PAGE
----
Saxa, Sanus, and Nemetes drive the rest of the house’s occupants before them and prepare to finish them off. Sparty shouts that any surviving Romans should be chained up instead of killed, since the city is firmly in rebel hands. The rebels are outraged, shouting that the Romans wouldn’t show similar mercy, but they should know by now that these arguments don’t work on Spartacus. He is determined not to sink to the Roman level in any way that can be avoided.
Crixus and Naevia arrive with the troubling news that Ennius has barricaded himself in the granary and is threatening to torch the entire supply. Sparty turns to drag Laeta off to negotiate with her husband, and she refuses to aid him in any way. Spartacus tells her that she’s going to help them or see her remaining friends slaughtered before her eyes. This is, as always, a compelling argument.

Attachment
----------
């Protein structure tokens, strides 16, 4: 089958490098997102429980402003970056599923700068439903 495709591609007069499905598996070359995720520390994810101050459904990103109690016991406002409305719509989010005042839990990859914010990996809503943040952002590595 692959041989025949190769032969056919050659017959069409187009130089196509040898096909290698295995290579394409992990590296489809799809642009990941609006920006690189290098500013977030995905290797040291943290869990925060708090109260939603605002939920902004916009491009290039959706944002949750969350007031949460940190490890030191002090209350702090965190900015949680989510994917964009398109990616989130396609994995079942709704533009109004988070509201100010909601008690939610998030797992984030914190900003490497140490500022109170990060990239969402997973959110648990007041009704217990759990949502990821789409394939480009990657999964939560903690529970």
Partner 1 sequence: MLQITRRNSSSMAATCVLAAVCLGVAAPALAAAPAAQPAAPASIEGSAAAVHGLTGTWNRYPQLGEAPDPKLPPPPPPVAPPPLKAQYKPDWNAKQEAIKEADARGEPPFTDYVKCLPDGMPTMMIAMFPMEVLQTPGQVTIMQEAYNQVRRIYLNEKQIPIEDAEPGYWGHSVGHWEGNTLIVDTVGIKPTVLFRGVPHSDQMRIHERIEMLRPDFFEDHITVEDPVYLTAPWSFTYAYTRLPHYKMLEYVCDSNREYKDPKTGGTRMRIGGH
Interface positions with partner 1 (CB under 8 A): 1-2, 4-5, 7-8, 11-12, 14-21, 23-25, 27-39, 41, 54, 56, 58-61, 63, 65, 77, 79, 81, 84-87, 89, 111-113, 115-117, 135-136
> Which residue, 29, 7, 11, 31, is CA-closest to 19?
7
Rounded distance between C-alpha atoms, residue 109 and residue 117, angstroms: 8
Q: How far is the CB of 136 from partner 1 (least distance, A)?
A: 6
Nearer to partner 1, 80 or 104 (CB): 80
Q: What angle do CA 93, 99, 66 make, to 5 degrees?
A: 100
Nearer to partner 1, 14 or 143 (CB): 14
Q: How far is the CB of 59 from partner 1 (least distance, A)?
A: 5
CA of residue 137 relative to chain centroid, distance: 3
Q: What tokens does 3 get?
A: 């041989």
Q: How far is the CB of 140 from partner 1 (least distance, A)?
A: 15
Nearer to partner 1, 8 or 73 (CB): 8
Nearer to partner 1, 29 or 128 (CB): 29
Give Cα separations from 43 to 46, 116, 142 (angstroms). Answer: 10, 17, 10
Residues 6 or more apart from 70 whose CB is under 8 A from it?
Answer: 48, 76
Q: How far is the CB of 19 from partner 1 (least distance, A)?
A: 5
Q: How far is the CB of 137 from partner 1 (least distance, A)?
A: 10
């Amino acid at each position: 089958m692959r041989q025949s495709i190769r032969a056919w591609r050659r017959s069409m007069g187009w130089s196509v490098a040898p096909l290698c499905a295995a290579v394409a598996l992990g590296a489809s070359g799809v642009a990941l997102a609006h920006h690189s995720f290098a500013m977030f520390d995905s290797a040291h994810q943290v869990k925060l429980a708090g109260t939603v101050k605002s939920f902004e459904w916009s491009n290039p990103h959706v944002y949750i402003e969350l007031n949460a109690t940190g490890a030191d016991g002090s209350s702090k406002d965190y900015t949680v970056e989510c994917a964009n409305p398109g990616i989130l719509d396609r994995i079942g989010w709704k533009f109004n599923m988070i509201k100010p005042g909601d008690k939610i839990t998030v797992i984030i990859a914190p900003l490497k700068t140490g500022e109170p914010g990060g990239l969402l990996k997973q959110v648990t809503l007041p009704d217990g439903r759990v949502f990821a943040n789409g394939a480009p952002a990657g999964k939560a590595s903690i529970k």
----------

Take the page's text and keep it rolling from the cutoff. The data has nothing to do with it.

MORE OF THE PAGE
Inside the granary, the few remaining guards are pouring pitch over all the bags of grain, preparing to set it all ablaze. Outside the gates, the rebels are assembled, ready to kill everyone. Agron is poised to throw his spear through Ennius’ head when Sparty shows up with Laeta.
Ennius sees her and realizes he’s screwed – he’d thought she was dead when he made this final, desperate stand. Laeta tells him that a small group of their friends and family are still alive back at their house, and begs him to stand aside and let the rebels have whatever they want. Ennius angrily refuses to aid them, and Laeta sobs helplessly.
Ennius seems swayed by her tears, but has no chance to change his mind. Gannicus and Crixus have slipped up behind him and kill off his remaining guards. As Ennius is distracted, Spartacus lunges forward and skewers his head with Agron’s spear.
As he falls, Ennius drops the torch…. and Crixus makes a wild dive to catch it just before it hits the pitch. WOOOO.